China acted again as peace talks were on
India on Tuesday accused Chinese troops of resorting to “provocative action” even as military commanders were holding talks on Monday to ease fresh tensions near Pangong Lake, underscoring the deep mistrust dogging the disengagement process along the Line of Actual Control (LAC).Updated: Sep 02, 2020, 03:41 IST
India on Tuesday accused Chinese troops of resorting to “provocative action” even as military commanders were holding talks on Monday to ease fresh tensions near Pangong Lake, underscoring the deep mistrust dogging the disengagement process along the Line of Actual Control (LAC).
The latest development follows the two sides trading charges of trespassing the LAC on the southern bank of Pangong Lake since the weekend, complicating the de-escalation process that has stalled at key friction points, including Depsang and Gogra.
External affairs ministry spokesperson Anurag Srivastava said that “even as the ground commanders of the two sides were in discussions to de-escalate the situation” that arose from the face-off on the southern bank of Pangong Lake, “Chinese troops again engaged in provocative action”.
Without elaborating on the provocative action, he added: “Due to the timely defensive action, the Indian side was able to prevent these attempts to unilaterally alter the status quo [along the LAC].”
Srivastava reiterated India’s assertion that Chinese troops violated the understanding reached by the two sides in diplomatic and military talks on resolving the standoff when they engaged in “provocative military manoeuvres” during August 29-30 in an “attempt to change the status quo” on the southern bank of Pangong Lake.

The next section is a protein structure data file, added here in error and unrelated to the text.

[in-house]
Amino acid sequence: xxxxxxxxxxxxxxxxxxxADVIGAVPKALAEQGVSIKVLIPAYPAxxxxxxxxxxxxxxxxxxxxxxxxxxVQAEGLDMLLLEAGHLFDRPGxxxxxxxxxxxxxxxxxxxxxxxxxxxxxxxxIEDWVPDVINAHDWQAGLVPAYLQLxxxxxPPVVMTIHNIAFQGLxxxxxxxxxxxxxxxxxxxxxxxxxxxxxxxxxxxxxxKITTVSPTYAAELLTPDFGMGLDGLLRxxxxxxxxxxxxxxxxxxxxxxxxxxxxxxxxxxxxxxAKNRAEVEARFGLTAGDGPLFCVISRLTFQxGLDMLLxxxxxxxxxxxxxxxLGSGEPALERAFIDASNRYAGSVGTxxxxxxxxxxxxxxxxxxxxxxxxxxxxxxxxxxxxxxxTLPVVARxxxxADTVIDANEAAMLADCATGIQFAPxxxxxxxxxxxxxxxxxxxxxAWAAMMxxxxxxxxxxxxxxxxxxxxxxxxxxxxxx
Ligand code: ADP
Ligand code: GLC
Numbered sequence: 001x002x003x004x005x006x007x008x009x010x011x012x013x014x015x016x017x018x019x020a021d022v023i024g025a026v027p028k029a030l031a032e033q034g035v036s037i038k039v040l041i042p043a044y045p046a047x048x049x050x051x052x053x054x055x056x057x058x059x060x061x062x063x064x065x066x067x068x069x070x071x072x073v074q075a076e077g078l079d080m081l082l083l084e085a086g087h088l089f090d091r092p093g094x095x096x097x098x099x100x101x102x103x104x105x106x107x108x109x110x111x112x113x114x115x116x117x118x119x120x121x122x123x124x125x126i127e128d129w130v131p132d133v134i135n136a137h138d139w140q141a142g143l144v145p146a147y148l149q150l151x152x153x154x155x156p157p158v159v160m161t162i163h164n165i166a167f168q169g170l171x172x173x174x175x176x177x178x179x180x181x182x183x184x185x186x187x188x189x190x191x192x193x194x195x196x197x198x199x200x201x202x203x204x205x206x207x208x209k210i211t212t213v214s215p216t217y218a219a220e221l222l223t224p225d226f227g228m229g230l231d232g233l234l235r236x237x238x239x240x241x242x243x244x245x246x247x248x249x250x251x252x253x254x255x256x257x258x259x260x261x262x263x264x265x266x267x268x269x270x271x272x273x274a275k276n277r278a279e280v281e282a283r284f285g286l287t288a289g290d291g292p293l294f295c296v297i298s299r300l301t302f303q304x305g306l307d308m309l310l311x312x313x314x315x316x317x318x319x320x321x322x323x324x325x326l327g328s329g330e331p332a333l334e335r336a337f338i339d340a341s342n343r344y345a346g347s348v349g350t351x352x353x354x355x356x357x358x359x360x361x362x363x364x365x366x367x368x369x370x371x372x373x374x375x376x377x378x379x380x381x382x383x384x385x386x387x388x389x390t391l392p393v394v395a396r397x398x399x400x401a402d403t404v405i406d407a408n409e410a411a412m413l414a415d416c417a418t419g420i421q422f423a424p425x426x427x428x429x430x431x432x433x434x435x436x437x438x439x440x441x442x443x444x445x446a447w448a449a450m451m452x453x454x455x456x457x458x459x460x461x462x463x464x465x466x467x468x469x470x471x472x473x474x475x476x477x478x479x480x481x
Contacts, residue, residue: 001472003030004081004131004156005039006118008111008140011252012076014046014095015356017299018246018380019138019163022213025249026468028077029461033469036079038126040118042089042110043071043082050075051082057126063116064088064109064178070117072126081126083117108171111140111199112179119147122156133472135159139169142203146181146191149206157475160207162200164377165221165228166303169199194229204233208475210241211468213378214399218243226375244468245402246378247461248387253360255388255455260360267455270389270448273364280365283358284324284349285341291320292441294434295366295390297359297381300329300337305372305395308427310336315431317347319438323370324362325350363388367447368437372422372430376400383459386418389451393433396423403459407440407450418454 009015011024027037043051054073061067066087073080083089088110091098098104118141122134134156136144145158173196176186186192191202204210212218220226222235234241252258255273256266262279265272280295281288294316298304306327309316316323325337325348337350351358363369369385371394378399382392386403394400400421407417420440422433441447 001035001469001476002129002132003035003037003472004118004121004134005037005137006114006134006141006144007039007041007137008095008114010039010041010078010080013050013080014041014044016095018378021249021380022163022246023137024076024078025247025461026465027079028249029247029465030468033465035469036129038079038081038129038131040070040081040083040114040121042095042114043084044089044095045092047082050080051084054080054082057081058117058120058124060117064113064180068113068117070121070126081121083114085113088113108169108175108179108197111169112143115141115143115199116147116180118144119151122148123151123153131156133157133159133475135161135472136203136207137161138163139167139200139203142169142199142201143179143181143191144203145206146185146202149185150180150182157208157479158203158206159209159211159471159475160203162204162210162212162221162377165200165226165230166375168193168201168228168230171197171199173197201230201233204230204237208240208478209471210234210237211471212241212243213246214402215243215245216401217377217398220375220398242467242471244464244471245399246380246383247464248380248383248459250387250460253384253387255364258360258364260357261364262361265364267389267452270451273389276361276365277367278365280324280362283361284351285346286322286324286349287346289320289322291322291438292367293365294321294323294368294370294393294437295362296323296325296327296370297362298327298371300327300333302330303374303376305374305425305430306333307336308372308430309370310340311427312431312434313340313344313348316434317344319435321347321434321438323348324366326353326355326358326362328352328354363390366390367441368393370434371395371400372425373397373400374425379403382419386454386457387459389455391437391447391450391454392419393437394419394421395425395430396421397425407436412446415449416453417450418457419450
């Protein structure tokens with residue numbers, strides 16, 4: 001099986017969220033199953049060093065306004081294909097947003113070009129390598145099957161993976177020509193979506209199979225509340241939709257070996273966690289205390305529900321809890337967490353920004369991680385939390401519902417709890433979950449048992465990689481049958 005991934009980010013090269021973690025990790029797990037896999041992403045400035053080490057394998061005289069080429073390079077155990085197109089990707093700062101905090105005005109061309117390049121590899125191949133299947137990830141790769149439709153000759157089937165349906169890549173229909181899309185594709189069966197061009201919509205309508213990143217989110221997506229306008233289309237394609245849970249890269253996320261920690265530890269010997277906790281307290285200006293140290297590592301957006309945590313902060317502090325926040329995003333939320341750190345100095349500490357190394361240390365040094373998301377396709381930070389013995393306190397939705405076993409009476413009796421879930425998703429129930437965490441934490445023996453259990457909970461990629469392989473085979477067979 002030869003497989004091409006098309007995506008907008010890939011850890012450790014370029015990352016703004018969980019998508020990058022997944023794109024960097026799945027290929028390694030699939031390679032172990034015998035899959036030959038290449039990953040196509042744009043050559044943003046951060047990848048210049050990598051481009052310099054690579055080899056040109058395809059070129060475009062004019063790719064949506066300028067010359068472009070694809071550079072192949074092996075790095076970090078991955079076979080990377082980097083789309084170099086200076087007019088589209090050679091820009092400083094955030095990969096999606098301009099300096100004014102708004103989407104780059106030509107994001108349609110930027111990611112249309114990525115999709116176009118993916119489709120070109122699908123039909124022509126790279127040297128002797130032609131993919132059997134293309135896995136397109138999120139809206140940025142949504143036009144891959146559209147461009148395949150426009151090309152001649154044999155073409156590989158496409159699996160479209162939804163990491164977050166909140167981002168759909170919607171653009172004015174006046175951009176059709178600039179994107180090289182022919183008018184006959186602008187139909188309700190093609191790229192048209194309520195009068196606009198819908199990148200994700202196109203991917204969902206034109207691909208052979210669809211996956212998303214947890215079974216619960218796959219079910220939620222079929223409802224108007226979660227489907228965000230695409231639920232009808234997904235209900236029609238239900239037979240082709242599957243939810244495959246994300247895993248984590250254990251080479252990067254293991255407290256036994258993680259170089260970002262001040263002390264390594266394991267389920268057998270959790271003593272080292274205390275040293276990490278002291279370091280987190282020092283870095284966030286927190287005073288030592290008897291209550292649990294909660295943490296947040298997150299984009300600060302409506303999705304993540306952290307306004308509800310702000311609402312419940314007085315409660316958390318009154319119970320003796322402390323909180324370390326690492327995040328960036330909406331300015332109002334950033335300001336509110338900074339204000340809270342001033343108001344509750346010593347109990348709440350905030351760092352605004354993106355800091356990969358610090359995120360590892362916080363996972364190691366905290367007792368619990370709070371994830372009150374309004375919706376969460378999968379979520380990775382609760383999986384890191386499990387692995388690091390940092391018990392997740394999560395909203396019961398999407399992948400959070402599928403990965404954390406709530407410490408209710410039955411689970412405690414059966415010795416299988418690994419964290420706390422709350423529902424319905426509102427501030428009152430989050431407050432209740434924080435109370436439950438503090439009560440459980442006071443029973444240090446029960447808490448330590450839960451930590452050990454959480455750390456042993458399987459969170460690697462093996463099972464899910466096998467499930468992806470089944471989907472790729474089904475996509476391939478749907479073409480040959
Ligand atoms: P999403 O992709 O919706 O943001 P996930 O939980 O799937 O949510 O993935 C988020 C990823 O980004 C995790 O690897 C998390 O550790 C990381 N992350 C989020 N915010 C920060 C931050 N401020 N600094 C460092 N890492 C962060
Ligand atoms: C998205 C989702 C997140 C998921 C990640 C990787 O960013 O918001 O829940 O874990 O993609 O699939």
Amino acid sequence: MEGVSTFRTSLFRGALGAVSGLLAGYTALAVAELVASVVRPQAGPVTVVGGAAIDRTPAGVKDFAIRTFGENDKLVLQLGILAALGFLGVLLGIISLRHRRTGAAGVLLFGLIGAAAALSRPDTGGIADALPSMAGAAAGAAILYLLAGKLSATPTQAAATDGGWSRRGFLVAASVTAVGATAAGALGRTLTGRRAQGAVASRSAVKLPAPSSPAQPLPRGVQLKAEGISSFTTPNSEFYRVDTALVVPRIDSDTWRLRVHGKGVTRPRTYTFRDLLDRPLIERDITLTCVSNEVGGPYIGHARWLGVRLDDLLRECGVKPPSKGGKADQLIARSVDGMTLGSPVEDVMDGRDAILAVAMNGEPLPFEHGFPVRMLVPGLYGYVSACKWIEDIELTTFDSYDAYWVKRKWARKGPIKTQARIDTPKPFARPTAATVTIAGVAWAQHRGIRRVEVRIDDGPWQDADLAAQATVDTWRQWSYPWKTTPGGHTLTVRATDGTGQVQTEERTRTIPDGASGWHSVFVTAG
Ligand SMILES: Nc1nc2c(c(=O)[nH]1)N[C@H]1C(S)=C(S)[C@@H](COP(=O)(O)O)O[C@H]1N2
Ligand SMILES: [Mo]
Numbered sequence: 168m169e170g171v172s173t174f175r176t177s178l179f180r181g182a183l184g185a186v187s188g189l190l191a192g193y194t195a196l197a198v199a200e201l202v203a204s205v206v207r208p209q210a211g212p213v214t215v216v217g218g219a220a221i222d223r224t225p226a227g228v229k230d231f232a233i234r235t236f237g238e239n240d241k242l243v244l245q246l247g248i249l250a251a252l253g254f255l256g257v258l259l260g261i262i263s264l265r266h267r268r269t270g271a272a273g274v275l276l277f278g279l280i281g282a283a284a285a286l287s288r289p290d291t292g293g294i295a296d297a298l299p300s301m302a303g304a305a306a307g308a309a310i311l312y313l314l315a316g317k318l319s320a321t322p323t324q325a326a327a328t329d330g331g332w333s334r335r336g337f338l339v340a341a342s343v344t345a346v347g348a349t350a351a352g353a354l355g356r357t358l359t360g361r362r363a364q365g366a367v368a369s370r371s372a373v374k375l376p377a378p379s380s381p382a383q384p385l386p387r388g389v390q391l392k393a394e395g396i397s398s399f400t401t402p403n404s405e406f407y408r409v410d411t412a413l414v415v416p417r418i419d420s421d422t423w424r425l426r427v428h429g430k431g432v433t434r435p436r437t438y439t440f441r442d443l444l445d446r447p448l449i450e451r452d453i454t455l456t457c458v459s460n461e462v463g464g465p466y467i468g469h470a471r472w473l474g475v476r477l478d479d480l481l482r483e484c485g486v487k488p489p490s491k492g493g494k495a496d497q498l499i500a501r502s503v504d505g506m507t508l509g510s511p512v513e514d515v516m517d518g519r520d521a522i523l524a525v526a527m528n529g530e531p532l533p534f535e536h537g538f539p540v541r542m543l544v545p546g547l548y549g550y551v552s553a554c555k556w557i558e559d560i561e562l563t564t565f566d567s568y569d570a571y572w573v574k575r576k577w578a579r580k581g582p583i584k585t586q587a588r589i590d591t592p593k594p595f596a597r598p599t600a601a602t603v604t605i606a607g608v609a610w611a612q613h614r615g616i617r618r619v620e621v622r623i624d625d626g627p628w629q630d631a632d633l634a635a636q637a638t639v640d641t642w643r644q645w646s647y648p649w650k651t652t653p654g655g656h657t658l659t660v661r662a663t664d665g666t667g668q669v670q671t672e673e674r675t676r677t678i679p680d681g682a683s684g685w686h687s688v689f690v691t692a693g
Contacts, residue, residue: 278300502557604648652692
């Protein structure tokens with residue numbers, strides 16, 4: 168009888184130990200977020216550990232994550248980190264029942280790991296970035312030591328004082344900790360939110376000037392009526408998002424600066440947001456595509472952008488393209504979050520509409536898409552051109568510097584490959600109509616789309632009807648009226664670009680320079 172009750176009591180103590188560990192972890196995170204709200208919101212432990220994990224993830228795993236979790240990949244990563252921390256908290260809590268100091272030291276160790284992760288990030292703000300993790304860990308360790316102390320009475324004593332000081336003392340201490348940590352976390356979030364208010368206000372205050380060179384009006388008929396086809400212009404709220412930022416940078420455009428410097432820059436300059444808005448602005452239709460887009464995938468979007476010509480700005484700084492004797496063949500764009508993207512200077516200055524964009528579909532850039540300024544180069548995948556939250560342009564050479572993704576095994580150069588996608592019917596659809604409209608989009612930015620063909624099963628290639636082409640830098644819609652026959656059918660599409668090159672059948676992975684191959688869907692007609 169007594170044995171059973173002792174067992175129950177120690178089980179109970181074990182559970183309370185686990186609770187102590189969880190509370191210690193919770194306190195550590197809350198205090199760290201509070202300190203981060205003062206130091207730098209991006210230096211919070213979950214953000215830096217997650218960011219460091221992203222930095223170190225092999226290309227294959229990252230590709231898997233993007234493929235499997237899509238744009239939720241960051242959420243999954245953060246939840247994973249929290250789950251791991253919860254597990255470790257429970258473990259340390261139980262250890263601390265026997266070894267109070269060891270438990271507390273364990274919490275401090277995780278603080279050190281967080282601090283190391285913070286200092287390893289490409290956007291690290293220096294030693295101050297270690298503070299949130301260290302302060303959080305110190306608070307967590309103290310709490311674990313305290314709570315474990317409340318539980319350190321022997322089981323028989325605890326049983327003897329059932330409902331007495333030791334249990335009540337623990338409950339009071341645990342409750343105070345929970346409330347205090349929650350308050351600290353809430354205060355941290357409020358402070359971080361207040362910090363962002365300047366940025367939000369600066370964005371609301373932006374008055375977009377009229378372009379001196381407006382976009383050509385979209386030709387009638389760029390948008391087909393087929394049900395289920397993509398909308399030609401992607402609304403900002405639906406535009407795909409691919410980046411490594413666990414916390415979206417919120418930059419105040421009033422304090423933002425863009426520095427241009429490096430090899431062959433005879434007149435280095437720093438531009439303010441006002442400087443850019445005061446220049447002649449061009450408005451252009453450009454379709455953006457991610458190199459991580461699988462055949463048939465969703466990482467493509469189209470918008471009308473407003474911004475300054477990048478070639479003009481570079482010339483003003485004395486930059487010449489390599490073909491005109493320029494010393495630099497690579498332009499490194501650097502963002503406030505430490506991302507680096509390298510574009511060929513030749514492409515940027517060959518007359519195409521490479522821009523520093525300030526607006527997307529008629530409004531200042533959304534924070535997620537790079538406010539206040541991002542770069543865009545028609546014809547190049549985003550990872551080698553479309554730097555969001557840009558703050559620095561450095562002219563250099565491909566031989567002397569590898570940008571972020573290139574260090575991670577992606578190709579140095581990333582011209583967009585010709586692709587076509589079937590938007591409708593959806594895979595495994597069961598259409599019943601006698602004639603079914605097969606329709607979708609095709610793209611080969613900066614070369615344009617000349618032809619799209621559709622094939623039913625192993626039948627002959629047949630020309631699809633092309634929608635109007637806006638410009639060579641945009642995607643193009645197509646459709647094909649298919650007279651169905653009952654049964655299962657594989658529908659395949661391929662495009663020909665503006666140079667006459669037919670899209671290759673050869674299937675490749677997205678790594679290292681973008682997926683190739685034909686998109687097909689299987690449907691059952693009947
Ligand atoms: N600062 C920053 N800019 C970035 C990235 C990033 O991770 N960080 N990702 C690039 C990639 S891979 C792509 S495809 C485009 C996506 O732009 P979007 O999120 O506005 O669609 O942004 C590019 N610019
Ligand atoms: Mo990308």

The Indian side “responded to these provocative actions and took appropriate defensive measures along the LAC in order to safeguard our interests and defend the territorial integrity,” he said.
Statements issued by both India and China also make it clear that there was a string of incidents between August 29 and 31 — the Indian side talked about the PLA carrying out “provocative military movements to change the status quo” during August 29-30, while China’s western theatre command claimed the Indian side had “broken the consensus” on August 31.
The Indian Army has occupied key heights on the lake’s southern bank to prevent the Chinese People’s Liberation Army (PLA) from grabbing territory on the Indian side of the LAC during a stealthy midnight manoeuvre on August 29, people familiar with developments said on condition of anonymity.
The PLA’s fresh provocative action on Monday was targeted at the heights held by Indian troops, the people added.
Indian troops are holding a series of positions near Black Top, a hill feature, and on Rezang and Reqin passes, which are on the Indian side of the LAC and allow the army to dominate the area and keep an eye on Chinese military activity. Specialist mountain troops played a key role in taking these heights and one of them was killed in a landmine blast.
The people cited above said China triggered the latest face-off through its efforts to occupy dominant positions on the southern back of Pangong Lake, which was hitherto not seen as a friction point as it was under effective control of the Indian side. The tensions in this sector were earlier confined to the Finger Area on the lake’s northern bank.